Kansas Snapshots by Gloria Freeland - November 16, 2018

The 45 x 90 Club

Husband Art and I are now official members of The 45 x 90 Club ... and, no, it’s nothing like the “Mile High Club” that people often snicker about.

We became members last month in a farmer’s soybean field less than half a mile northwest of the tiny village of Poniatowski, Wisconsin. Art had heard about the club while listening to a local TV news report at our North Woods cottage in September.

So what, you might ask, is this all about?

Returning to junior high school science, geographers assign the equator an angle of 0 degrees latitude and the poles as 90 degrees - 90 degrees north at the North Pole and 90 degrees south at the South Pole. They also divide the earth into eastern and western hemispheres of 180 degrees each, starting at the Prime Meridian which passes through Greenwich, England.

The first number in The 45 x 90 Club refers to the latitude while the latter is the longitude. There are exactly four such 45 x 90 places in the world. The one in the northern hemisphere, but east 90 degrees is at an unmarked location in a mountainous region of rural China. The ruggedness makes it difficult for people to visit. The corresponding locations in the southern hemisphere are on water, one in the Pacific Ocean and the other in the Indian Ocean. The remaining point is in Wisconsin and so is exactly half way between the equator and the north pole and exactly a quarter of the way around the world west from Greenwich.

Back in 1963, John Gesicki, the proprietor of Gesicki’s General Store and Tavern and Moonlight Gardens in Poniatowski, began searching for the precise location of Wisconsin's 45 x 90 point. He pieced information together from several maps over a period of about five years before he was confident of its location. He then petitioned the U.S. Geological Survey to mark the spot.

In 1969, Marathon County erected a marker and made the area a county park - the smallest in the state. Gesicki then started The 45 x 90 Club, and began gathering signatures in a registry of people who visited the site.

However, until recently, visiting that had been a bit problematic. Gesicki had discovered that the precise point was in the middle of a farmer’s field. So the original marker was placed instead at the edge of the nearest rural thoroughfare, aptly named Meridian Road. Visitors not choosing to trespass could only visit the roadside marker.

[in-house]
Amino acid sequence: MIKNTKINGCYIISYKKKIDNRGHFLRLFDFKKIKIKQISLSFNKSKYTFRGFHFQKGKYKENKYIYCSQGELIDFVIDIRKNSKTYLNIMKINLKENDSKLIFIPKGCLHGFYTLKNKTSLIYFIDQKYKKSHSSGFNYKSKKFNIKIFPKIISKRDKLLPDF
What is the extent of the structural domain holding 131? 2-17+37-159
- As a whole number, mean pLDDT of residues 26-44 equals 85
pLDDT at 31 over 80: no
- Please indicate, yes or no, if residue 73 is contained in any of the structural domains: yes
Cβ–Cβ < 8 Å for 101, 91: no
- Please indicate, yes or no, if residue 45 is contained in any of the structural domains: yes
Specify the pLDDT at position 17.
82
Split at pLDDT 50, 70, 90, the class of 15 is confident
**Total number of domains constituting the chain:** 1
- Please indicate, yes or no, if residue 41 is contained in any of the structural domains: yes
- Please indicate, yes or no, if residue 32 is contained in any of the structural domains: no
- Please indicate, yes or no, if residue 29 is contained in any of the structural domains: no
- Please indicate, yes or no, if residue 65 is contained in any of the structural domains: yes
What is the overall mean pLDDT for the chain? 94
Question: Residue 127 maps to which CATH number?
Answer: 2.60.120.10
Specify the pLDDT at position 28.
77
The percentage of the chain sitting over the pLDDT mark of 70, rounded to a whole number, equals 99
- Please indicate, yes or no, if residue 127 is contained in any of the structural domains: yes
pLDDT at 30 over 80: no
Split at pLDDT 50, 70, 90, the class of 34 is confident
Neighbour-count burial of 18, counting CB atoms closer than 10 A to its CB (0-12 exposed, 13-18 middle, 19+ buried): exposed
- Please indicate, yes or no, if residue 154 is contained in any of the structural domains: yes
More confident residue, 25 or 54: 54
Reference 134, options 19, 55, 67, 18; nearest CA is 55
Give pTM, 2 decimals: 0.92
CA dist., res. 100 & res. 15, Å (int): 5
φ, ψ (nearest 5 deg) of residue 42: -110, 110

But that changed about a year ago when the private landowner sold a small area around the precise 45 x 90 spot and enough additional land to provide a pathway from the roadside.

So in mid-October, Art and I walked from Meridian Road on a nice crushed-gravel public path alongside the edge of the farmer's soybean field. It was a glorious autumn day and the potted mums decorating the pathway added to the experience. Benches beckoned us to stop and enjoy the setting. About 1,000 feet later, we arrived at the exact 45 x 90 spot.

Today, with Global Positioning System satellites in the heavens and a receiver in hand such as those in a smartphone, anyone could locate the invisible point with ease. Art, in fact, did just that. He first marked the point on his phone’s map and then walked until the circle indicating our position coincided with the one on the map. At that time, we were standing on a round blacktopped surface with latitude and longitude lines marked in blue, and a circular bronze plate inscribed "45 Degrees North latitude, 90 Degrees West longitude, Marathon County, Wisconsin."

After some photos, we began the return trip to the car and met three women coming toward us. Art said, “I see there are other crazy people out today too.”

“Of course," one replied. “We were near and figured we might as well stop.”

Wanting to make our visit official, once we reached the car, we headed for nearby Wausau, the county seat of Marathon County. Gesecki died in 1995, so beginning in 2006, the several-inches-thick binder he began with the names of visitors was transferred to the Wausau/Central Wisconsin convention & visitors bureau.

I asked Jodi Maguire, the visitor services manager, how many signatures were in it. She said she had never stopped to count them, but added that people have been signing it since 1978.

It turns out that it isn’t just locals who seek out the spot. People from all over the world have been drawn to the point just as we were. In just a few minutes flipping through the pages, I noticed signatures from Panama, England, India, Venezuela, Germany, South Korea, France, Chile, China, Bangladesh, South Africa, New Zealand, Slovakia, Scotland, Japan, Australia, Switzerland, Sweden and Ukraine.

As a memento of joining the club, we both received a two-sided bronze commemorative coin.

Later investigation revealed the true half-way point between the equator and the North Pole is a few miles away. Because the earth is spinning, it isn't a true sphere. But geographers aren't worried about that as the lines are all imaginary and are projected onto the earth's surface. But in a touch of serendipity, I also discovered that this week is Geography Awareness Week and the National Geographic website said everyone "should feel free to focus on any or all aspects of geography in lesson plans, events and other activities." Done!

Top-left: Gloria standing on top of the geographic marker; top-right: close-up of the marker; bottom-left: three women we met on the path walking toward the 45 x 90 spot; bottom-right: front and back photo of the commemorative coin, courtesy the Wausau/Central Wisconsin convention & visitors bureau website.

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